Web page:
What comes down must’ve once gone up—and perhaps it can again. Such is the animating logic of Robert Putnam’s optimistic new book, The Upswing: How America Came Together a Century Ago and How We Can Do It Again (written with Shaylyn Romney Garrett).
Published in conjunction with the 20th-anniversary edition of Putnam’s magnum opus, Bowling Alone, this new offering suggests a future for American society by looking beyond the post-1960s narrative of decline to an earlier story of gains in the Progressive Era’s reversal of the late 19th-century Gilded Age.
Putnam marshals a wide array of social-science data to chart remarkably similar trends in the last 125 years in economic equality, political compromise, social cohesion, and cultural altruism. The result is an inverted U curve, with a peak in the mid-1960s and mirrored low points today and at the end of the 19th century—eras marked by economic inequality, political polarization, social fragmentation, and cultural narcissism. These striking similarities between the Gilded Age and ours provide not only a sober reckoning, but also hope for reversal and renewal.
Using history as a guide, Putnam holds out the Progressive Era (roughly the 1890s to 1920) as a prototype for a new upswing away from individualistic “I” values and toward communitarian “we” values. He sees in the Progressive Era a “moral awakening,” but one uniquely able to move past outrage, cynicism, and ideological purity to build pragmatic, collaborative, solutions-based reforms—all from local contexts, led by a younger generation, and carried along through the creation of new institutions and associations.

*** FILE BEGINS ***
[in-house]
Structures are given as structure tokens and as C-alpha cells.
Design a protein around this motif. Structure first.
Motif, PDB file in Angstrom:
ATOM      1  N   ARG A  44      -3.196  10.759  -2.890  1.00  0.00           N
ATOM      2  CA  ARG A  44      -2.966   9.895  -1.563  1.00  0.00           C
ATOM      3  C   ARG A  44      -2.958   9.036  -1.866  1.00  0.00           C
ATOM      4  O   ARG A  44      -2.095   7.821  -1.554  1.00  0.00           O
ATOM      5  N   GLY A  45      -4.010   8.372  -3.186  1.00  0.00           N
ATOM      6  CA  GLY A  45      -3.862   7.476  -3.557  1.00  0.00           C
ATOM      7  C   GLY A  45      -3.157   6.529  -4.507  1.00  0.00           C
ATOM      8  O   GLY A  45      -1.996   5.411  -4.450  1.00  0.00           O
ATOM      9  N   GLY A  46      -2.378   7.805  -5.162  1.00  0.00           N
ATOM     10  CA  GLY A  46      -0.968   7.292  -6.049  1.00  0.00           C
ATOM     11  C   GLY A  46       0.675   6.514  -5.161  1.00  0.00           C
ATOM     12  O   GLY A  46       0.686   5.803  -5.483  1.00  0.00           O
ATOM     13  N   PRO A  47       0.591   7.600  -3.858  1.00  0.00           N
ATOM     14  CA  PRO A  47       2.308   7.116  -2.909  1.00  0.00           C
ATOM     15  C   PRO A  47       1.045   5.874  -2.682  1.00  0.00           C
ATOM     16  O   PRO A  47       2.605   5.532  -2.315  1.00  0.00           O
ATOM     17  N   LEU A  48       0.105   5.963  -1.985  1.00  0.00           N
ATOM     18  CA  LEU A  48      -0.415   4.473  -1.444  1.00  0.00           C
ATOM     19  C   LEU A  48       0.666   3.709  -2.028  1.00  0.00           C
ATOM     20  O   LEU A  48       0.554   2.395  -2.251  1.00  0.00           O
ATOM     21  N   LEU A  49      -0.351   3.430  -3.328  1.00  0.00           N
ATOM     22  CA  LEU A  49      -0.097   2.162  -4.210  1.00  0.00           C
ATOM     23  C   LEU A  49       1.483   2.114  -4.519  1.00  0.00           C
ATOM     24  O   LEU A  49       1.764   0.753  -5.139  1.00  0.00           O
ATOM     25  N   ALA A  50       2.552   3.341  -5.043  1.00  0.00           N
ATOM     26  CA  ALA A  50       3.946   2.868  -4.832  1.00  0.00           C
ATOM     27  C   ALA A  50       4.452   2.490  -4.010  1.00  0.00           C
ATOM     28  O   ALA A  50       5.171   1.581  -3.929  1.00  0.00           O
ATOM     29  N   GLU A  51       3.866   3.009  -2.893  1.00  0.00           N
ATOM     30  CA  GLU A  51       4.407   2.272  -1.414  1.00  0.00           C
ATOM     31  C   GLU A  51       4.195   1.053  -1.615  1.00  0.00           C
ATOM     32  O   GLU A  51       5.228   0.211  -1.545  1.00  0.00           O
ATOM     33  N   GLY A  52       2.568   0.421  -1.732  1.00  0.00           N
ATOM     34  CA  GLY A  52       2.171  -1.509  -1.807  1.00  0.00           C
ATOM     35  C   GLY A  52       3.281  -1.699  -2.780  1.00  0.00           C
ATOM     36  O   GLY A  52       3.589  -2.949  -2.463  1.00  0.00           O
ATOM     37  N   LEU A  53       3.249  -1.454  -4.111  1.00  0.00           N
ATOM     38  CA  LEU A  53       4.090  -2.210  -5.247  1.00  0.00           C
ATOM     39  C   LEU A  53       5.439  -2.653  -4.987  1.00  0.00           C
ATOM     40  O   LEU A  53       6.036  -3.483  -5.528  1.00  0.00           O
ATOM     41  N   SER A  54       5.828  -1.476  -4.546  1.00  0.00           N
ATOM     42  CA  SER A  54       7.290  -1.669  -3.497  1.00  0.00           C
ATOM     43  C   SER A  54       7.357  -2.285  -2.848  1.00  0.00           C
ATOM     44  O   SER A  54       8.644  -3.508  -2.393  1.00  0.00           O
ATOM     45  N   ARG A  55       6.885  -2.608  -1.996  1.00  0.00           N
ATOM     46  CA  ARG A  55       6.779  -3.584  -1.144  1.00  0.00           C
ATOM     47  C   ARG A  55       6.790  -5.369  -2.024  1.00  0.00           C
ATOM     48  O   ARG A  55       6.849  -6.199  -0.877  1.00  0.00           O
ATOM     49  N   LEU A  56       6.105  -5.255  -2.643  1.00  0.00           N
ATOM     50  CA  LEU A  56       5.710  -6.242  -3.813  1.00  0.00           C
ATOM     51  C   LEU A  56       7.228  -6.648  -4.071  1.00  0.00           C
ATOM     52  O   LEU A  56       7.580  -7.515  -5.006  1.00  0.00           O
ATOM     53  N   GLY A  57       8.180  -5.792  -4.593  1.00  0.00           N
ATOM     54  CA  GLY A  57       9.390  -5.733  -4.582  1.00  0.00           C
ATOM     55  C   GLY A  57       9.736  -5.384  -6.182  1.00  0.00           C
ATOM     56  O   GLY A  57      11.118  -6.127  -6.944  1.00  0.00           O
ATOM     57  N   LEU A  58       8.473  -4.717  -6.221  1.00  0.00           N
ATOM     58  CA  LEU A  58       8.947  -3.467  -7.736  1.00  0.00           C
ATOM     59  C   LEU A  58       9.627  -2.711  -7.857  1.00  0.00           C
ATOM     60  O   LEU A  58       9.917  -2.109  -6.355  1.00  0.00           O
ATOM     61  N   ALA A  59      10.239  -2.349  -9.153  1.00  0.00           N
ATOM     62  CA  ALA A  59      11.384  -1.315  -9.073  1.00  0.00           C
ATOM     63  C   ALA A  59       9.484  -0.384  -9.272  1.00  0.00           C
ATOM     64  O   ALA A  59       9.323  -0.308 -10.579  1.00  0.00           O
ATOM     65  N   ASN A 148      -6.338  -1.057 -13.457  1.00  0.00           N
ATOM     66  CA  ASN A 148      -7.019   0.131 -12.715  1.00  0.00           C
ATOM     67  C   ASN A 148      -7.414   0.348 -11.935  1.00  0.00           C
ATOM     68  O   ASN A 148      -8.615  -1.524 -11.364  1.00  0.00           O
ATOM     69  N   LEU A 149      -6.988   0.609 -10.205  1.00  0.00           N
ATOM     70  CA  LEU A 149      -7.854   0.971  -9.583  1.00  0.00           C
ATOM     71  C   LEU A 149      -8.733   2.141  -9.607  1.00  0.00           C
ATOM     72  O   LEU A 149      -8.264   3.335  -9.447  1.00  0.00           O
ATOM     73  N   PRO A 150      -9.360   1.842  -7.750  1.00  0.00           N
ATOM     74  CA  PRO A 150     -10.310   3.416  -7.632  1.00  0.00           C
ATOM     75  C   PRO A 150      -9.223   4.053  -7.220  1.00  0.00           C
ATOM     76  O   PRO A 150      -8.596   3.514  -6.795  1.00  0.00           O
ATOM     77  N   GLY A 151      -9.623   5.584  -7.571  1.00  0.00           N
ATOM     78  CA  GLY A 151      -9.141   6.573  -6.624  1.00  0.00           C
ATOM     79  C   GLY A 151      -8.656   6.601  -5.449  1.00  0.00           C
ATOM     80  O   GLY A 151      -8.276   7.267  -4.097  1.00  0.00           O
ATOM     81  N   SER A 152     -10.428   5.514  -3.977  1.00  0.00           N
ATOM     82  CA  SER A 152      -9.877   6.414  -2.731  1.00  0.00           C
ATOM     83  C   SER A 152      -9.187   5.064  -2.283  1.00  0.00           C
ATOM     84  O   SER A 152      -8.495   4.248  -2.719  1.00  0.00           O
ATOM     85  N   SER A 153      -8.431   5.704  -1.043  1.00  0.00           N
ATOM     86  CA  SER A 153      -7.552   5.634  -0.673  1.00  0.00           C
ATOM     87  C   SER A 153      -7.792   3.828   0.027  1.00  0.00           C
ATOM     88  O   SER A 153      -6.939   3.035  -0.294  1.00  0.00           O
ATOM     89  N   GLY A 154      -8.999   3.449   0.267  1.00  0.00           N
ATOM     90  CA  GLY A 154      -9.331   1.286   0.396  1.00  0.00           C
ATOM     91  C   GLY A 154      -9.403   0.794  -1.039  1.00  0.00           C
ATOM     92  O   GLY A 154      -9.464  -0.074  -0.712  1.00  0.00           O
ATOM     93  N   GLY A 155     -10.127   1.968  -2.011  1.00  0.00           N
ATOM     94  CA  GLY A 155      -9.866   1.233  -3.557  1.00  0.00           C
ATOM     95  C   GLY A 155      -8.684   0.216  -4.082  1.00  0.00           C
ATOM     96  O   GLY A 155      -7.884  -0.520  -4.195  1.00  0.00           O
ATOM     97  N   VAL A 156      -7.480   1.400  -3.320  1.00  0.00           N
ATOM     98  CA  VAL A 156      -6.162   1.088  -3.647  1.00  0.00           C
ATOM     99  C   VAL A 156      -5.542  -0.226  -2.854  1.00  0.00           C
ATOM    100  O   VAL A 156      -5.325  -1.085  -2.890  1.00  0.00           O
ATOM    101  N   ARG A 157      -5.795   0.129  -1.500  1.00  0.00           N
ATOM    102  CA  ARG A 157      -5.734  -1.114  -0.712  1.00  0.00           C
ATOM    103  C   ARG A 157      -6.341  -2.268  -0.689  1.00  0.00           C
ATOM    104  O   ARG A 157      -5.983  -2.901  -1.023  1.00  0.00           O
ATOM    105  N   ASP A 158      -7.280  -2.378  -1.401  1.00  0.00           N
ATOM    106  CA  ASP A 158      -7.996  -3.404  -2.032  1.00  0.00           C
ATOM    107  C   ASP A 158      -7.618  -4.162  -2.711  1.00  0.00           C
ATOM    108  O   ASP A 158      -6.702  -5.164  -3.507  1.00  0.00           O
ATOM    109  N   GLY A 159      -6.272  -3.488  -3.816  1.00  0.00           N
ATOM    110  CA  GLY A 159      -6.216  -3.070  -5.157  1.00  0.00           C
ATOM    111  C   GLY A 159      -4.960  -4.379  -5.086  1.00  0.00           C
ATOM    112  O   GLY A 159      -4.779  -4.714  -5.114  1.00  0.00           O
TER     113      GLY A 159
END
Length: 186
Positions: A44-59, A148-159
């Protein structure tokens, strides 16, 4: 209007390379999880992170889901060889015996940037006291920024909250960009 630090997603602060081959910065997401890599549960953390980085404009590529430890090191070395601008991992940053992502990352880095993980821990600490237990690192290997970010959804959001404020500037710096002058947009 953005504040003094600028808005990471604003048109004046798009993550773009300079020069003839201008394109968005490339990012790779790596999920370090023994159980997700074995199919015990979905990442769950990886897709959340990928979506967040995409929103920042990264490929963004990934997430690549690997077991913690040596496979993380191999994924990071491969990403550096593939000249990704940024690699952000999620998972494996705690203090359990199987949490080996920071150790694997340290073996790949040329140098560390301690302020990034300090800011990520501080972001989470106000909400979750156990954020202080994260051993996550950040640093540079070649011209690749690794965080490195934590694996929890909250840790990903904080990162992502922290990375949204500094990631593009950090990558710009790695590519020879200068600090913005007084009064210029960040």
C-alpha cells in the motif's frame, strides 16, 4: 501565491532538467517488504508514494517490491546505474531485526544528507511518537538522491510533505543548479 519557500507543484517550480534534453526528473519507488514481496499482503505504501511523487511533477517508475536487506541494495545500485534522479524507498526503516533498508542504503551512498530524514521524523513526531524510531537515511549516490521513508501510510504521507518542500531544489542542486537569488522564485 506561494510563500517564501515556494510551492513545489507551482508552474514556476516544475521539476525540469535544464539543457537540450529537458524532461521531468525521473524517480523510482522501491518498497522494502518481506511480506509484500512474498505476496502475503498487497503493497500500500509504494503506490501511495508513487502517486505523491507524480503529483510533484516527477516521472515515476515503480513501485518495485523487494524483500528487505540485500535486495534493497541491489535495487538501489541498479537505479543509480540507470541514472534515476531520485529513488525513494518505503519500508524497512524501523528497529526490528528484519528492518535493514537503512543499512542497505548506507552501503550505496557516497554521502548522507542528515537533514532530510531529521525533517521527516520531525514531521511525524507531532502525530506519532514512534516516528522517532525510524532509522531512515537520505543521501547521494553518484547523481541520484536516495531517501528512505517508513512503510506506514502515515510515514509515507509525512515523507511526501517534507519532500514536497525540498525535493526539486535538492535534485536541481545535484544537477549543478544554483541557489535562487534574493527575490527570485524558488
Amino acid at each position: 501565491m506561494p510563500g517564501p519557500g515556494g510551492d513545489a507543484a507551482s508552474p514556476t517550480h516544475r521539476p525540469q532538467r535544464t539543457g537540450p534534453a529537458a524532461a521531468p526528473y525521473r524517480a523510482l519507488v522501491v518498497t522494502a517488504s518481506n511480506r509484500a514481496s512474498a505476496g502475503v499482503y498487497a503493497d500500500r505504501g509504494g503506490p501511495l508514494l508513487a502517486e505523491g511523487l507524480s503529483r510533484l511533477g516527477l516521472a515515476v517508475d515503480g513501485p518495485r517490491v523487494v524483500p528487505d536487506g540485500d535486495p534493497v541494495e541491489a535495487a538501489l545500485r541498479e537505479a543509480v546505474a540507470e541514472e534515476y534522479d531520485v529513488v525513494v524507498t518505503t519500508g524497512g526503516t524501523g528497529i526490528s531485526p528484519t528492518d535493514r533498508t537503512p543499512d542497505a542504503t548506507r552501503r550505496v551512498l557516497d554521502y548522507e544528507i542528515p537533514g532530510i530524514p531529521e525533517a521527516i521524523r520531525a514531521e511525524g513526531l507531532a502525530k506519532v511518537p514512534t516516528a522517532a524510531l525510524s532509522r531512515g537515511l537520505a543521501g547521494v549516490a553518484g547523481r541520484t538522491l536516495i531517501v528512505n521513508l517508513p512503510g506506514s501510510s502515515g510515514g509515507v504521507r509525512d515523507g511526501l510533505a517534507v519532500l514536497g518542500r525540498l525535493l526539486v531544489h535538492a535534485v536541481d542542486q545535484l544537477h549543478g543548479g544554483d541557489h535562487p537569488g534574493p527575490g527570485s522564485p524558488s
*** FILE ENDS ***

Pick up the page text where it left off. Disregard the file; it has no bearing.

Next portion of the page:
Evaluating Putnam’s Argument
At the outset, it’s important to recognize Putnam’s rhetorical power. As with all data-driven social commentary, the book is part observation and part prescription. This dual feature requires careful reading. The observation element (the inverted U curve that graces the cover) is presented with objective scientific authority, but there is a tendency to illegitimately transfer that same scientific authority to the prescriptive commentary.
Observing the “I-we-I” curve of the 20th century across diverse fields is a major achievement of Putnam’s work, but it quickly leads to three contested questions: (1) What caused the gains of the early 20th century? (2) What caused the decline that began in the mid-1960s? and (3) How (if at all) can these lessons be applied to understanding and renewing American society in 2021? Lamenting the 1960s and holding up the Progressive Era as inspiration is one thing; drawing the correct applications from broad movements with unique historical contexts is quite another—and requires wisdom deeper than and beyond the quantitative data.
Short-Circuiting Intellectual History?
The chief insight of Putnam’s work is the pre-1960s story, and in it is a subtle polemic against certain alternative accounts of our cultural moment. At the highest level, Putnam’s narrative dispels simplistic notions of an American golden age ruined by the hippies. Some of the cultural flaws of the past year have been here before, and they are perhaps more cyclical than apocalyptic. This provides a realism and hope that is often lacking in contemporary conversations about culture.
Some of the cultural flaws of the past year have been here before, and they are perhaps more cyclical than apocalyptic.